In 2020, the federal government issued payroll tax cuts amid the COVID-19 pandemic. The tax cuts are in place to essentially increase the wages of everyday workers at the expense of Social Security and Medicare beneficiaries. Unlike income taxes that go to the U.S. Treasury, Social Security and Medicare taxes go directly to the federal government to be distributed to beneficiaries.
In this article, we will explore what the payroll tax cut is and what it means for employees’ wages.
What is a Payroll Tax Cut?
Essentially, payroll tax cuts decrease the amount of taxes taken out of employees’ wages. Workers will not receive a separate check with their savings; instead, they will see an increase in their paycheck amounts.
Social Security and Medicare taxes take a total of about 14.4% of workers’ paychecks. That cost is split evenly between the employers and employees, according to an article published in U.S. News.
In other words, normally, an employee’s paycheck is taxed by around 7.2% of the wages, salaries or the tips they claim, while their employers pay the rest.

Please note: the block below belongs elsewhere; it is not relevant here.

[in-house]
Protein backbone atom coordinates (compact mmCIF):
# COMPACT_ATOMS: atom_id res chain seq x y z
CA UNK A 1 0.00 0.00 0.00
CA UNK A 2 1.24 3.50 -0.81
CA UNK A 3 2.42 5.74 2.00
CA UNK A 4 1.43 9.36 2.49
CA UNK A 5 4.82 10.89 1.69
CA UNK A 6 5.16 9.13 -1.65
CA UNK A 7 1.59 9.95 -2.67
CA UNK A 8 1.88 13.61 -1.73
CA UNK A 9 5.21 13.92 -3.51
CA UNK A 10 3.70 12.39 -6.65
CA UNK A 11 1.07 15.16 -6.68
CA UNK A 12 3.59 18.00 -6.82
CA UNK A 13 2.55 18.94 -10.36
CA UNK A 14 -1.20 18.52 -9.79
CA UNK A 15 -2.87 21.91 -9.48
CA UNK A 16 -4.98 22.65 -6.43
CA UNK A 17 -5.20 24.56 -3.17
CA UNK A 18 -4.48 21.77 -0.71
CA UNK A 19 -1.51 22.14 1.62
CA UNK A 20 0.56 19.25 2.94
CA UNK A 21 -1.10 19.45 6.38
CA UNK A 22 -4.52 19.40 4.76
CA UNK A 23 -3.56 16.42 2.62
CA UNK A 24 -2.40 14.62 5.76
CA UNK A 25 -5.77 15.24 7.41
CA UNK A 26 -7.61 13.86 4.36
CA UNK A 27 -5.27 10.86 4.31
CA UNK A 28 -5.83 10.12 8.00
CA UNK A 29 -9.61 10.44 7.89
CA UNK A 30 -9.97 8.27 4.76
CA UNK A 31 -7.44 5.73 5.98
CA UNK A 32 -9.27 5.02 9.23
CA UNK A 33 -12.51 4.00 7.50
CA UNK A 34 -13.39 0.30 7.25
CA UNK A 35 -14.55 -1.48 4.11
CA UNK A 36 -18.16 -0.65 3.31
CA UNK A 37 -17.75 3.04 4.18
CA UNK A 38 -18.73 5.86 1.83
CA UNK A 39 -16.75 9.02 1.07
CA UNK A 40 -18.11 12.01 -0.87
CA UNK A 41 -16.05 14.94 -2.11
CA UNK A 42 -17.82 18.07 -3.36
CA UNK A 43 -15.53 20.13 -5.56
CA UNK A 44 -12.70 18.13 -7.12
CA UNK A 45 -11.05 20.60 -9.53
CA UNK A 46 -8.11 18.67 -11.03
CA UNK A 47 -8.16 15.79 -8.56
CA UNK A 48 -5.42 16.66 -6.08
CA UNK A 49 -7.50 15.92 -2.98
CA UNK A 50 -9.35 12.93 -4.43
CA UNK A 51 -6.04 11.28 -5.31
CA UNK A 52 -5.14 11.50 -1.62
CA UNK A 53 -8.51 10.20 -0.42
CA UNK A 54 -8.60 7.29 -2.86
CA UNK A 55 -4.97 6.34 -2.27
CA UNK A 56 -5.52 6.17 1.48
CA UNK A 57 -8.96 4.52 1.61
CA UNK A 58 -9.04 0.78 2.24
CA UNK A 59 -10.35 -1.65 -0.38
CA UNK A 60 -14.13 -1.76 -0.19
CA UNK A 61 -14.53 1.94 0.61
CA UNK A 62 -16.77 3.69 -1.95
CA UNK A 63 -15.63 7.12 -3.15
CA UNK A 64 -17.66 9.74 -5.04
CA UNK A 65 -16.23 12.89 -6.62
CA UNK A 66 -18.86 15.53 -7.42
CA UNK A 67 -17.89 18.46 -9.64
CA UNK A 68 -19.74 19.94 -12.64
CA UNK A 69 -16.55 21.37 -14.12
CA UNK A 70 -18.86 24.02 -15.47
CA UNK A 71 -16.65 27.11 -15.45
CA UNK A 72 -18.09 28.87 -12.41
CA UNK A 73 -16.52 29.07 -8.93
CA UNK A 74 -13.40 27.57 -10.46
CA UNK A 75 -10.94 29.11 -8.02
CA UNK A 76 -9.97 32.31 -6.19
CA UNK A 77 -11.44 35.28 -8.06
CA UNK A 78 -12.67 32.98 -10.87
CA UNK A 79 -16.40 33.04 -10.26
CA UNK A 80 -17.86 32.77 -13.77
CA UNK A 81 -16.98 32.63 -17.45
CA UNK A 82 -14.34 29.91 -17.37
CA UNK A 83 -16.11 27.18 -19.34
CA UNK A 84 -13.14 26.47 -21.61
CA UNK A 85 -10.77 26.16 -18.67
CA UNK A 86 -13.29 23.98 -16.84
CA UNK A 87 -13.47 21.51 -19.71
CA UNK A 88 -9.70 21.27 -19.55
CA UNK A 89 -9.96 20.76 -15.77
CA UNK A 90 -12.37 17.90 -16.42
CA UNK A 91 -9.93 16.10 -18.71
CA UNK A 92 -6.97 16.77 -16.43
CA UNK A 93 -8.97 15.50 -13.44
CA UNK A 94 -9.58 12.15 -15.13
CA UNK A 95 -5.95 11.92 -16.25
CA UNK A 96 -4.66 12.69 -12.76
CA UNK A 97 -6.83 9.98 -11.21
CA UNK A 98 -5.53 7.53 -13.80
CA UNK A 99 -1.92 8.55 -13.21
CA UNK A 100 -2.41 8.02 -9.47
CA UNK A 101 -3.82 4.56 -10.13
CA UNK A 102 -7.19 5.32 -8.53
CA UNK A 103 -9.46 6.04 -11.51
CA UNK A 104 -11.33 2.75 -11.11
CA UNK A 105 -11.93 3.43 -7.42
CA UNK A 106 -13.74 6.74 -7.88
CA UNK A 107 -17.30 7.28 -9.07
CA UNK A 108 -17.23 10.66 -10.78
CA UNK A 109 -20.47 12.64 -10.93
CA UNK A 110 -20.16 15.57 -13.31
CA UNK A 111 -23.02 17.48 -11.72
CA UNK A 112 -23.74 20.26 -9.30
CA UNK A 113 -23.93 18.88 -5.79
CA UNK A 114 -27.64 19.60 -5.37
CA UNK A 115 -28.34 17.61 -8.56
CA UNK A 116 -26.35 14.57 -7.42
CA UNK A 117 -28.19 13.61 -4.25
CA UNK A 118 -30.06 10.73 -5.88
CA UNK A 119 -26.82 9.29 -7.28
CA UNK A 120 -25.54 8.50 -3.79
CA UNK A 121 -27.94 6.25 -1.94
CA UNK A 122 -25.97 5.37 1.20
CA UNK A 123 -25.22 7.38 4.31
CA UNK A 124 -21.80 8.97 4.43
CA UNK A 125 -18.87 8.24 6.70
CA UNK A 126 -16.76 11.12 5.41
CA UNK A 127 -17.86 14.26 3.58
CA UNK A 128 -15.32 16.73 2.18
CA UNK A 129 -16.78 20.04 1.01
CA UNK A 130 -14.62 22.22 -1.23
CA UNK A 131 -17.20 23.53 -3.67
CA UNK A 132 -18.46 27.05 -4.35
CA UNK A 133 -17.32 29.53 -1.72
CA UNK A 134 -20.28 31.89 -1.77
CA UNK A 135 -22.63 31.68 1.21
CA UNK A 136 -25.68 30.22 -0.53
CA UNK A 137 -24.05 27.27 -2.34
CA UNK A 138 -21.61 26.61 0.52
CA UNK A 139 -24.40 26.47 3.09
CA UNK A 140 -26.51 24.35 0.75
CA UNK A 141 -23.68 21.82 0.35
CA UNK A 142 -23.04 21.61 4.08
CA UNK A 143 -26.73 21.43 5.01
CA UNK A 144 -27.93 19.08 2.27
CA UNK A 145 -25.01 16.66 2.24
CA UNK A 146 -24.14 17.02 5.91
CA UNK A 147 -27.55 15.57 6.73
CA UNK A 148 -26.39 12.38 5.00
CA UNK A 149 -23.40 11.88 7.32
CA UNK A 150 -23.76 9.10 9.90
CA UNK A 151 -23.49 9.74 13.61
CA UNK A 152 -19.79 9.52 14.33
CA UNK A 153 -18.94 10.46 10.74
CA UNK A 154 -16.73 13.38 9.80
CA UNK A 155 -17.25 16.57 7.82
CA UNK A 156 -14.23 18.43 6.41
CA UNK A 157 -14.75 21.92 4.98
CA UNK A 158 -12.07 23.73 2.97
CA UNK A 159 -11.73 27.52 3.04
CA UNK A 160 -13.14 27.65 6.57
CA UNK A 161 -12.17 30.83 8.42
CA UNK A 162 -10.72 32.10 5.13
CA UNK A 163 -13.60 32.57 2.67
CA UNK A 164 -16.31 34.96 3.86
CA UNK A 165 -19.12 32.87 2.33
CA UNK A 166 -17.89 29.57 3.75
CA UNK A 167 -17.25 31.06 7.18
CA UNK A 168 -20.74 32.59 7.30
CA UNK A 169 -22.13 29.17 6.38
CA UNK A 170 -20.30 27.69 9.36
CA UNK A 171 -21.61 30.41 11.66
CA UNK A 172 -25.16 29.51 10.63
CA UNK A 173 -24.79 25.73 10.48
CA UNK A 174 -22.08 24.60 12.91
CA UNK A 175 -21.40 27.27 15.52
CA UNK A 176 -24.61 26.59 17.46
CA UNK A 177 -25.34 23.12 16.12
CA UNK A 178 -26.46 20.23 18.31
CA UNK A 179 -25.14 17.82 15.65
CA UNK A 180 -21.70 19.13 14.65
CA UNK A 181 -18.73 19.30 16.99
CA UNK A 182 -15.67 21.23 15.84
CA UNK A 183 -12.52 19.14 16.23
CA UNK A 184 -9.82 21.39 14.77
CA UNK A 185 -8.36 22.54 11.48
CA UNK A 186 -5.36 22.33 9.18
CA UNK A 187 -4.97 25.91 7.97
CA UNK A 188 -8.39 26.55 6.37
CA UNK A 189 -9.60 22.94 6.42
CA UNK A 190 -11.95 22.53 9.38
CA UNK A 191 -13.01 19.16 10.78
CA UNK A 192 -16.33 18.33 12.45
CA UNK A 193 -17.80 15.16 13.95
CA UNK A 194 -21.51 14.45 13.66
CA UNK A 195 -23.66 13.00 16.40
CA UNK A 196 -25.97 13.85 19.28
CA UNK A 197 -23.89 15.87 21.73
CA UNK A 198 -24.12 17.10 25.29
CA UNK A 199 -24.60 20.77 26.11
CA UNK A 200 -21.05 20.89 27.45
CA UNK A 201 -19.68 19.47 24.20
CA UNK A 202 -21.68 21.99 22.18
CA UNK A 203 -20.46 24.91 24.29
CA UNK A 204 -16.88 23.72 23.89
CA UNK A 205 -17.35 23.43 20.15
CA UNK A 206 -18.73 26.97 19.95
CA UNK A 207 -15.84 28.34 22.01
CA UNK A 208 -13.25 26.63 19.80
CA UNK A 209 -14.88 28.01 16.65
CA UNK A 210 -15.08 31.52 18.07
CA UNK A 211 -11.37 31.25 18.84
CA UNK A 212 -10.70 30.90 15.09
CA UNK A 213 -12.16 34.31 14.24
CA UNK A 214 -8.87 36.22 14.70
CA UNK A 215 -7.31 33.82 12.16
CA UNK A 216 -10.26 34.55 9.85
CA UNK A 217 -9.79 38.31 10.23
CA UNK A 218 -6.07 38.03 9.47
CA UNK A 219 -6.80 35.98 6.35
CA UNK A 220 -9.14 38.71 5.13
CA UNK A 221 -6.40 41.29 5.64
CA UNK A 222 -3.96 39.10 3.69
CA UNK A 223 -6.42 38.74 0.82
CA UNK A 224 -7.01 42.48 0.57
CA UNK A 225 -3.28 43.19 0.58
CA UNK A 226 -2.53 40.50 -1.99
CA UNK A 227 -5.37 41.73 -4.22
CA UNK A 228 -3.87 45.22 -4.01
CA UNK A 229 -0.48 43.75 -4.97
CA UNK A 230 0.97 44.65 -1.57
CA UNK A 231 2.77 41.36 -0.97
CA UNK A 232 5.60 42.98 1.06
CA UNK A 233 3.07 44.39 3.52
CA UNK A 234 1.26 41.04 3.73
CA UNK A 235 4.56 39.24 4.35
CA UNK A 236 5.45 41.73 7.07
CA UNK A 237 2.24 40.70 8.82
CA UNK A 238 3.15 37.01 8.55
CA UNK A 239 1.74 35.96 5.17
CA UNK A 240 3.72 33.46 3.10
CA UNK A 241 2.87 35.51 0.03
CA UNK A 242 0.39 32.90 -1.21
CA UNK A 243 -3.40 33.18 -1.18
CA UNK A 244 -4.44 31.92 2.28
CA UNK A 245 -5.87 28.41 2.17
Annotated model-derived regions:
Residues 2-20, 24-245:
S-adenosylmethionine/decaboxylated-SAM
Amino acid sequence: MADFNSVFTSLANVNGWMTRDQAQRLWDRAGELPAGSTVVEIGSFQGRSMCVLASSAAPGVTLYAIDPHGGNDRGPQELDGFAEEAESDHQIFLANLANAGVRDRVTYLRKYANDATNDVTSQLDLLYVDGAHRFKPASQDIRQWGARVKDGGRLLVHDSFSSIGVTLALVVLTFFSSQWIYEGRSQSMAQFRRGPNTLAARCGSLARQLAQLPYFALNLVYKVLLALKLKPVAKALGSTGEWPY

With the tax cut, however, the employee’s portion of the taxes will be paid by employers and employees will pay their portion of the taxes at the end of the year. Originally, employees were scheduled to pay the taxes back in April, but this has been extended to December.
What Does the Payroll Tax Cut Mean for Employees?
As Zack Friedman of Forbes News put it, “The payroll tax ‘cut’ is effectively a deferral, which is paid back during the first four months of 2021.” In other words, employees will still have to see that they account for these tax cuts and see that they pay what they owe.
That said, there will not be any interest or late fees attached to the amount employees will have to pay back. The taxes will be collected in the same manner they would have been collected otherwise.
What Kind of Employee does the Payroll Tax Cut Apply to?
The payroll tax cut does not apply to every employee. Employees who make over $104,000 a year do not qualify for the tax cuts. Additionally, employers have the option to not give their employees tax cuts. So, the tax cuts only apply to employees who work for employers that decide to allow it. Payroll tax cuts also do not apply to citizens who are unemployed or retired.
Bottom Line: Understanding the Payroll Tax Cut Will Help You Better Serve Your Employees
Now that you understand better what the payroll tax cut entails, you can help your employees navigate the more perplexing details of taxes and enjoy their hard-earned money. For more information, you can always visit the official website of the Internal Revenue Service. You will also be able to find the latest updates concerning taxes there.